Fruit basket is a wonderful game for reviewing vocabulary in elementary school English lessons. Wonderful because the students know the rules and wonderful because they love to play it (obviously not the older ones). With one less chair, the game revolves around changing where you sit while trying not to be the last one left without a seat.
Who am I isn't really an activity more than it's a way to cap off a talking activity where students have been sharing information about themselves. Students need to recall what others have told them and they really have a lot of fun recognizing their classmates' from the information you give. Who am I?
This is a great way for students to practice their fluency using numbers. It's the type of game that once students learn how to play it, you just have to say "Let's play number shiritori!" and students can get started by themselves.
The parachute game is a fun and less morbid interpretation of hangman. The mechanics of the game are very similar to hangman - students have a set number of guesses to get the answer but there are a few different ways you can play the parachute game in an elementary class.
The bomb game is good for drilling vocab or basic conversation phrases. Students must say the target word/phrase before passing the "bomb". Everyone gets very excited playing this game but watch out because tensions can get high.
The fly swatter game is kids whacking the blackboard with (clean, I hope) fly swats. Every teacher knows this game and students love it. Good for reviewing vocab and just having a good time.
Karuta is a Japanese game similar to snap. It's a fun way to test listening recognition for vocabulary sets and students love this game. The bonus is that every Japanese student knows karuta so you barely have to explain the rules.
Students practice introducing themselves (Hello, my name is ~.) and pretend that each time they shake hands they change bodies. A lot of fun and to be honest, quite mentally challenging (but in a completely fun and hilarious way).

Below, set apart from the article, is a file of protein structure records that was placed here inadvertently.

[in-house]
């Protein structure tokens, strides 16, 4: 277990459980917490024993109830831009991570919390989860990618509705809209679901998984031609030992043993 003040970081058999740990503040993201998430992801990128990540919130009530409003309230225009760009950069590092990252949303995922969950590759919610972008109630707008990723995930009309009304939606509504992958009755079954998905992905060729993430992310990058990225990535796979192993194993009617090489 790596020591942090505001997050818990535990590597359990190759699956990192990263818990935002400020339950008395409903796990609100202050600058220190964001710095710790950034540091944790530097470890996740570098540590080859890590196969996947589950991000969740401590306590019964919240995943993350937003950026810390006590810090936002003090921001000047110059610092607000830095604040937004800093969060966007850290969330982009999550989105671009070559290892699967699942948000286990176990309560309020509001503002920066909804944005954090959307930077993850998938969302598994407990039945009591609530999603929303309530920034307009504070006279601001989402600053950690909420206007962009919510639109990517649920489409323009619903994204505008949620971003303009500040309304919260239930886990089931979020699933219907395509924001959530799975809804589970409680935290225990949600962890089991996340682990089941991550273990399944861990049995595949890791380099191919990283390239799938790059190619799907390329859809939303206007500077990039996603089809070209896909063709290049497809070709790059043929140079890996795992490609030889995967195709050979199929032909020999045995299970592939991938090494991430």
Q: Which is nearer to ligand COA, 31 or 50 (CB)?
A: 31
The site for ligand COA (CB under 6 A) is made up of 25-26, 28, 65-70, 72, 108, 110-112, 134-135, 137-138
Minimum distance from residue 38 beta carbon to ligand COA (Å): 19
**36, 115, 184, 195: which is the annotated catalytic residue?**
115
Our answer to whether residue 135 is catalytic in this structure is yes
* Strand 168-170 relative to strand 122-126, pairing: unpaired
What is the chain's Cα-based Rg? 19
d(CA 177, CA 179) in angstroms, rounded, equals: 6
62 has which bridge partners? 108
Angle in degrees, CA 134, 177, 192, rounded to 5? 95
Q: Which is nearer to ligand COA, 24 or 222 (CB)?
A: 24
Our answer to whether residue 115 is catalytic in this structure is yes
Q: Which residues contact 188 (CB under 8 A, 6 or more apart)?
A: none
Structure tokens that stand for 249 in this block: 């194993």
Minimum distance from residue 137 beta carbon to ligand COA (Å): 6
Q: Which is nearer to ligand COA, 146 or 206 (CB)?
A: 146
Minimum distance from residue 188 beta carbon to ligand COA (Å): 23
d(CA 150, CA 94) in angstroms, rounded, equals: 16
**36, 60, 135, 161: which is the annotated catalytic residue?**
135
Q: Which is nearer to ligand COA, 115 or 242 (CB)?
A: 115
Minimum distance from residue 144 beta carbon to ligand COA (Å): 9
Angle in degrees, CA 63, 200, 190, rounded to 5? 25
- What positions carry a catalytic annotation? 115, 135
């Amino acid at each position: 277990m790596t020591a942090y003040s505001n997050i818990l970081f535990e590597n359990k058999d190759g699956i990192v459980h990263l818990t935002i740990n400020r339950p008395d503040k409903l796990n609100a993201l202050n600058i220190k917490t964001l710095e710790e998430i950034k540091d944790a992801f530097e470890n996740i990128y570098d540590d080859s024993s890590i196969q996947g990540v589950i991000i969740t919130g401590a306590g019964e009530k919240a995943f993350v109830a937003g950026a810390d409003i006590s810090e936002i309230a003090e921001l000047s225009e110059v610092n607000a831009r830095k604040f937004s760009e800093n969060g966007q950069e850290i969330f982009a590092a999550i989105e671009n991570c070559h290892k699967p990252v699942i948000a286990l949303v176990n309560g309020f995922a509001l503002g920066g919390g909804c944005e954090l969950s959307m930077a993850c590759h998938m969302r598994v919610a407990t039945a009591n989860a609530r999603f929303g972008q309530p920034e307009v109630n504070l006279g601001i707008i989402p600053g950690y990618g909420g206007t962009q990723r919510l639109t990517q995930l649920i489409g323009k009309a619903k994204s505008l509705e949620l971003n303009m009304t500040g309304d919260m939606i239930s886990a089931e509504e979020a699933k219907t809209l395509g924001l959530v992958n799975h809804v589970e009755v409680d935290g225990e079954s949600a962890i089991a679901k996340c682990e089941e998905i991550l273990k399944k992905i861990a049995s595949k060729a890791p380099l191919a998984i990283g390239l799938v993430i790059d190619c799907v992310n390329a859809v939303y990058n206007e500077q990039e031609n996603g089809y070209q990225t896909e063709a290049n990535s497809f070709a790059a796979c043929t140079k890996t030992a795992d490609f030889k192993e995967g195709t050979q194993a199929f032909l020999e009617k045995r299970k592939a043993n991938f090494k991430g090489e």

Guilty is a spin-off of the old board game Clue, with elements of the Nintendo Switch game Fakin' It. Students prepare their own cards then play a game based on bluffing your way through an alibi. It's a bit of a long game with student preparation time but it's so much fun.
Guess the number is a fun game, useful for practicing numbers one to one hundred. The good thing about this game is it gets the kids to think of the numbers they want to say in English.
In this activity, students decide how they are going to help the ALT. They discuss it and answers are written down. Great for a review warm-up focusing on using "I will ...".
Find your partner is one of the most basic games for English lessons around and so simple that you can adapt it to fit pretty much any lesson's target phrase/language or vocabulary set.
The freeze game is a fun way to get the younger, energetic (or rowdy) classes to expend some energy while drilling new vocabulary. Chanting English with a lot of movement and "Freeze!" thrown in to challenge students.
The relay gesture game is a combination of running and gesturing as a group. It is a fun game to competitively practice any vocabulary or phrases that can be gestured.